For Halloween, I decided a paranormal themed podcast was in order! Read the transcript or listen to the podcast for tips on researching paranormal for your writing and incorporating what you learn into your story.
The blending of fiction genres has led to a variety of paranormal subgenres, from paranormal romance to paranormal military fiction. Readers love paranormal fiction, but they expect it to be either factual or wholly unique. Now, when talking about factual paranormal fiction, what do I mean? I mean researching the common theories, terms, mythos, and culture. Writing paranormal may sound as easy as throwing in a few ghosts or vampires. Writing paranormal that truly draws in readers takes a little more than that. Today I’ll discuss how to research paranormal and incorporate what you learn into a convincing story that will capture reader’s attention.
How do you find reliable information on your chosen paranormal topic? That’s a tough question, because when you type “ghosts” into a search bar, you’ll get anything and everything. There are two important aspects of researching the paranormal for a work of fiction.
First: You’re not looking for a scientifically proven set of facts. You’re looking for the general consensus among a community of believers. What are the hallmarks of belief in ghosts? What do most accept as standard and what are the outlier theories? What is dismissed outright? Talk to people who actually believe and participate in the culture. It’s important to understand the core beliefs of a paranormal topic in order to ground your story in the basics. Then you can take it where you will.
Second: Learn the culture. Given that I’ve been working of The Ghost Host: Episode 2 lately, I’ve been researching ghosts, ghost hunting, and concepts of the soul and afterlife. Even though Echo doesn’t need as many physical tools as the average ghost hunter who can’t see ghosts, it’s important that she knows what others are using to confirm her talents and explore their own paranormal experiences. I need to know about EMF, EVP, protocol for séances, what herbs are involved in ritual cleansings, and more. Know the terminology, tools, and implements of your topic so your character can convincingly belong to that world.
Applying what you’ve learned
The tough part of research is that you learn thousand things when you only needed to know about one. A mistake writers sometimes make is trying to cram everything they learned into their book. Just because a reader is interested in ghosts doesn’t mean they want a chemical breakdown of why salt disrupts spiritual energy.
When incorporating your research into your stories there are two questions to ask:
Is this integral to the plot? If it is, blend your research into the story as needed. Don’t info dump. Give the reader only what they need to know in each scene in order for them to suspend disbelief and stay involved in the story. Add research as you would leave pieces of a breadcrumb trail: Just enough to follow along.
The next question you want to ask is: Will this help create a believable setting or world? In The Ghost Host, I mention that one of the characters sleeps with a hex bag under his bed. Other than a brief mention of what “might” be included in a hex bag, I don’t go into any more detail. The story itself doesn’t deal with hex bags. I used it only to add to Kyran’s character and illustrate that he comes from a family who believes in the occult and doesn’t think twice about what others would consider odd.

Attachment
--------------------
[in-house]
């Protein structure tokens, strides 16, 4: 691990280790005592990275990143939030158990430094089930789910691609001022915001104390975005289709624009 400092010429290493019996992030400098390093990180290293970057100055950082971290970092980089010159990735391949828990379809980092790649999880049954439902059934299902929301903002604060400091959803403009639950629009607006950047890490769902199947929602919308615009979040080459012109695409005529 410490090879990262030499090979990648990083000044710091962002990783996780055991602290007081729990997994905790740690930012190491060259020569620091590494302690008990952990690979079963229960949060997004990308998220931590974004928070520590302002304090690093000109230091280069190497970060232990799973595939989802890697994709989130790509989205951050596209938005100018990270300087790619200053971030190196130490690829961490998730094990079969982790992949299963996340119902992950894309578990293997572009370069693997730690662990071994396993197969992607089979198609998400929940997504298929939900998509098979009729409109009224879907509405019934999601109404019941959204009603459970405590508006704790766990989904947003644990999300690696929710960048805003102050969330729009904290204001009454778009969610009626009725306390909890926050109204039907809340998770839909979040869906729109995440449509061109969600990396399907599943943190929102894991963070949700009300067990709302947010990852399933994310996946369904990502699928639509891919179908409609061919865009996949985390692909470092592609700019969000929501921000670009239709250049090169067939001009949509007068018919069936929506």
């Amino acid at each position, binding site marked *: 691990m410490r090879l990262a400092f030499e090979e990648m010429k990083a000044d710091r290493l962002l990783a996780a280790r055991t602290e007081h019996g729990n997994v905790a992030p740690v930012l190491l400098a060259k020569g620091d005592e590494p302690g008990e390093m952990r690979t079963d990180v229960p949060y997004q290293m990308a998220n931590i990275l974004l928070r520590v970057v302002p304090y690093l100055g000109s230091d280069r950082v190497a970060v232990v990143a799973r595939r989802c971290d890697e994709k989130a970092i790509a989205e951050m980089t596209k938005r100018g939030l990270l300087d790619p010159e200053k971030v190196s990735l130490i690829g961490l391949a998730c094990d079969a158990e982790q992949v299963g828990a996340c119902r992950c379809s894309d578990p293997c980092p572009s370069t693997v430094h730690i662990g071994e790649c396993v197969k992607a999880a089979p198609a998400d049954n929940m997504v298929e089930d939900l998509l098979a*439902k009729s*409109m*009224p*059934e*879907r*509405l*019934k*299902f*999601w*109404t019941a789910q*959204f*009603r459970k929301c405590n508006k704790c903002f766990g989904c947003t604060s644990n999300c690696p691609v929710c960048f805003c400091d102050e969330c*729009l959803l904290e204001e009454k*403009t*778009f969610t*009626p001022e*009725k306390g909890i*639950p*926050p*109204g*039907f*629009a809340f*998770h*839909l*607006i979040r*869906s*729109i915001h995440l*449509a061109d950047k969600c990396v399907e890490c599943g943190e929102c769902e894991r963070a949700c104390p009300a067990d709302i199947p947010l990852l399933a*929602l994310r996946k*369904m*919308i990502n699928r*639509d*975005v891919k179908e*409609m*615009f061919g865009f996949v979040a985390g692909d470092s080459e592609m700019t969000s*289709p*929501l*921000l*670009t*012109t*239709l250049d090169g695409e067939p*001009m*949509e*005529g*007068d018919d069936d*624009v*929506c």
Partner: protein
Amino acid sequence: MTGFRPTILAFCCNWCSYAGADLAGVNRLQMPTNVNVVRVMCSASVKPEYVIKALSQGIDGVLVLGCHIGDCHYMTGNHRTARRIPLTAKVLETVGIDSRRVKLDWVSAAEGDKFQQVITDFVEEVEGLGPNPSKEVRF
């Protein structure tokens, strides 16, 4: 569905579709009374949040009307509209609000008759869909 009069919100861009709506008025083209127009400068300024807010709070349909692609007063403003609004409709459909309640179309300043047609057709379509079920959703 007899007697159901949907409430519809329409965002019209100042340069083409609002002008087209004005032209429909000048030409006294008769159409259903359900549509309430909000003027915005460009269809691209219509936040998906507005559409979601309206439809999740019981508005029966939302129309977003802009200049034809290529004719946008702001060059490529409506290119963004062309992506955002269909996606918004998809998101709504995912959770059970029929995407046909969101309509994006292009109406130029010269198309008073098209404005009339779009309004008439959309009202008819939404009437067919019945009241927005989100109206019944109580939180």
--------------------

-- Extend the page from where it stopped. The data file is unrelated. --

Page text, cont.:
If a bit of research doesn’t enhance the story or help with world building, save it for something else.
Suspend your own disbelief
Writing paranormal fiction, by its very nature, requires authors to write in a way that convinces readers to put aside typical logic and science and accept the unexplainable as fact. You can’t convincingly do that unless you as the writer can do the same thing. Now, just because you write about vampires doesn’t mean you have to believe in them. You do, however, need to believe they could exist in the world you’ve created in order to convince a reader to believe.
This requires the paranormal aspects of your story to hold equal weight with the plot and characters. A brief mention of one character believing in something paranormal during the course of plot and character development doesn’t constitute a complex blending of story and paranormal. If the main resolution of the story hinges on the paranormal, it can’t come as a surprise to the reader. No one likes to get involved in a coming of age story only to have a horde of ghosts jump out at the end to resolve some critical plot point. Trust me, it happens.
Even in “The Sixth Sense” where the twist is that Bruce Willis is in fact a ghost, the entire storyline revolved around the viewer believing that ghosts are real and involve themselves in the world of the living. Had there been absolutely no mention of the paranormal and the story focused only on a young boy receiving counseling for behavior issues, only to have Willis suddenly figure out he’s a ghost with unresolved issues and the boy knew it the whole time, would have been confusing at the least.
Just as when an author researches another culture, specific location, scientific breakthrough, or historical event, due diligence is required in order to fully capture what they are researching. There are many people around the world who believe in the paranormal. If you intend to write an authentic account of someone experiencing paranormal phenomena, treat it the same way you would write about anything else. Your fiction may be someone else’s real beliefs, and they’ll spot lazy or halfhearted work a mile away.